Better Students Ask More Questions.
Why doesn't either son get married and settle down in the play, "Death of a...
3 Answers | add yours
Middle School Teacher
In the play "Death of a Salesman" both sons have responded to their upbringing in a home where reality is somewhat distorted and the dysfunctions of the family have affected their ability to move forward in life. Happy is the youngest son who is in a go nowhere job as a buyer's assistant in a store. He builds his position and self up by sleeping with the wives of the people who have more prestigious positions in the company.
Biff is hindered by his own high ideals for himself. He has come to believe that he is above others and does not have the same work or goals as them because he is "special. When Biff returns home he is still delusional about himself, but while waiting in the office of his friend, who ditches him, he begins to see his life in the "real" for the first time. He goes home and confronts the others with who and what they really are versus how they have lied about their lives to themselves.
Neither son is able to take on the permanence of marriage because they have seen that family values and marriage are a scam. Biff's and Happy's rememberance of their father's having cheated on their mother may have affected them making them not want to marry.
Posted by mkcapen1 on August 13, 2010 at 11:54 AM (Answer #1)
Middle School Teacher
The previous post was very thorough. Indeed, the boys' own experiences with the notion of "happy marriages" such as their parents' have made it difficult for them to be able to accept that marriages work. There is a certain challenge present for the boys in being able to buy into the concept of marriage when their own narrative with it is replete with emotional distance and adultery within it. The fact that both sons blame their parents, specifically for much that has gone wrong in their own lives indicates that they are not in a moral or psychological place to accept the responsibilities that come along with marriage. Biff blames his own failures on the disillusion caused as a result of his father's indiscretions and becoming aware of them at an early age. In the end, Wily's own failures impacts Happy to make "right" how Wily was seen, but nowhere in this belief does one get the idea that the personal realm was a part of this. It doesn't seem as if Happy is one who is fully able to see that Wily's own failures in the personal realm is one of those areas where rectification is needed, and in this light, the same disregard for the personal is seen as it was with Wily. For these reasons, it doesn't seem like the boys are going to be predisposed to being able to "settle dow" in a conventional sense.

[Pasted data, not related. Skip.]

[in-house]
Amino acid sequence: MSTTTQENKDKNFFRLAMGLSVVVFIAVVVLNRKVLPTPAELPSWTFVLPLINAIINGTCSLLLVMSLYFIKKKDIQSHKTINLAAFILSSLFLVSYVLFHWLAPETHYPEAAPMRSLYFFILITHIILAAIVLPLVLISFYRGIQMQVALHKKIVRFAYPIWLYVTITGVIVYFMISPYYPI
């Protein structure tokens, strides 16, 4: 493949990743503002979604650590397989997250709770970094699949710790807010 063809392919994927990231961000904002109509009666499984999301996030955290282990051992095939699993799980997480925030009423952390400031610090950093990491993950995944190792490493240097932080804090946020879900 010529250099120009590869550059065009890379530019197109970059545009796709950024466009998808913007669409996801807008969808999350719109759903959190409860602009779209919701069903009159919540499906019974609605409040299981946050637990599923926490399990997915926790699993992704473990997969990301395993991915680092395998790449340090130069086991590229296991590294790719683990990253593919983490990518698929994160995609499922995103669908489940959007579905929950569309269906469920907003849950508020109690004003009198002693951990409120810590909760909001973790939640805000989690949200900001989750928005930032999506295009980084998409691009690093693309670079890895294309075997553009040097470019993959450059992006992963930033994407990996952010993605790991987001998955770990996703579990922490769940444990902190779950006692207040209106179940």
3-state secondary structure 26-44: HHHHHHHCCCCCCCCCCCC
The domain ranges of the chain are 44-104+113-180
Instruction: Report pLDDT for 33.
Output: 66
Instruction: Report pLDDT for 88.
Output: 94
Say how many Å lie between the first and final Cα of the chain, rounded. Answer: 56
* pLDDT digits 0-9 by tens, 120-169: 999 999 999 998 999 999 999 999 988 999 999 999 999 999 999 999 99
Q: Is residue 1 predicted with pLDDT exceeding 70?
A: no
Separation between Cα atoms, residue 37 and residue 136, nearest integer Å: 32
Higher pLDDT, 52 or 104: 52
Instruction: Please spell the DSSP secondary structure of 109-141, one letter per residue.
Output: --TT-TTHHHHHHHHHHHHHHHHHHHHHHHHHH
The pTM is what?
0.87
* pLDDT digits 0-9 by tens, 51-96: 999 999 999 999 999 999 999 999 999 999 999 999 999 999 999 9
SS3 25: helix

Posted by akannan on August 14, 2010 at 9:39 AM (Answer #2)
In addition to the previous answers, another thing to take into consideration is money. Neither Biff nor Happy have any form of financial stability to even come close to maintaining a home. Add that to their psychological immaturity and the co-dependence they have of each other as brothers. It is very hard for two young men who have been engrained the idea that money buys everything and IS everything. Biff and Willy lack the very thing that their father told them was the formula to be happy. They are as lost looking for the key to happiness as their father was. There is no room for any other goal in life when one is fixated on a specific one.
Posted by herappleness on August 15, 2010 at 5:07 AM (Answer #3)
Related QuestionsSee all »
Join to answer this question
Join a community of thousands of dedicated teachers and students.